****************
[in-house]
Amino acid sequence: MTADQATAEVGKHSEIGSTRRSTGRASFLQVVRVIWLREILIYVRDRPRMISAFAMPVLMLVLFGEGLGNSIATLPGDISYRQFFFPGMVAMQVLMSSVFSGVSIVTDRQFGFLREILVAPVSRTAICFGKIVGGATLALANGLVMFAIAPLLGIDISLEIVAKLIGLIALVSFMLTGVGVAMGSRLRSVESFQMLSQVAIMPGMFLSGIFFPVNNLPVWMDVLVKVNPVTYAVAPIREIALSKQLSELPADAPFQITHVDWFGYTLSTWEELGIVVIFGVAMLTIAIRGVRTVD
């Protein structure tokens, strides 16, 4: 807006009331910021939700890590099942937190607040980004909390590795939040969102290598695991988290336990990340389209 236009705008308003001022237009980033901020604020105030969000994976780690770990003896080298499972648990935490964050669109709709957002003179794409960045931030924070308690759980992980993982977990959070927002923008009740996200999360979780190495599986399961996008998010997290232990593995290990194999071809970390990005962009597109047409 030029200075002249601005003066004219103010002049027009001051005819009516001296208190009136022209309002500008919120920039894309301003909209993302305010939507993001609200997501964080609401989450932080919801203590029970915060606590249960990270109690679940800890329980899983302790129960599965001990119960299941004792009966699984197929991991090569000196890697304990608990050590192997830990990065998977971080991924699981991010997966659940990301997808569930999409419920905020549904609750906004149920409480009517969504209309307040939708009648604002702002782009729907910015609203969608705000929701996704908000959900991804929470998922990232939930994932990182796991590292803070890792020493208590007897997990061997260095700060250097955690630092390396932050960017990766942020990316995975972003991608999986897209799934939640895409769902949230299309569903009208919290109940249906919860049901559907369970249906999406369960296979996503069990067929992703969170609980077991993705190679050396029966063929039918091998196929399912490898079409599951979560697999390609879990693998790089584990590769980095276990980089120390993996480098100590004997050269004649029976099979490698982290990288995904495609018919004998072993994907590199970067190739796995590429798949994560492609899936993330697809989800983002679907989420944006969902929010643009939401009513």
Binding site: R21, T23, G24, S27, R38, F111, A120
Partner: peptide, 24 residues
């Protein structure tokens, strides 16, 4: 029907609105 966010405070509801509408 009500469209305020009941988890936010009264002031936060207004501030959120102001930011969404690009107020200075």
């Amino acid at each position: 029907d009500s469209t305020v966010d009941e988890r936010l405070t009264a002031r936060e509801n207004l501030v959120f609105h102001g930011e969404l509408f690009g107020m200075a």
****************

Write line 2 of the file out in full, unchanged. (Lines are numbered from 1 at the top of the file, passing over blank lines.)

Amino acid sequence: MTADQATAEVGKHSEIGSTRRSTGRASFLQVVRVIWLREILIYVRDRPRMISAFAMPVLMLVLFGEGLGNSIATLPGDISYRQFFFPGMVAMQVLMSSVFSGVSIVTDRQFGFLREILVAPVSRTAICFGKIVGGATLALANGLVMFAIAPLLGIDISLEIVAKLIGLIALVSFMLTGVGVAMGSRLRSVESFQMLSQVAIMPGMFLSGIFFPVNNLPVWMDVLVKVNPVTYAVAPIREIALSKQLSELPADAPFQITHVDWFGYTLSTWEELGIVVIFGVAMLTIAIRGVRTVD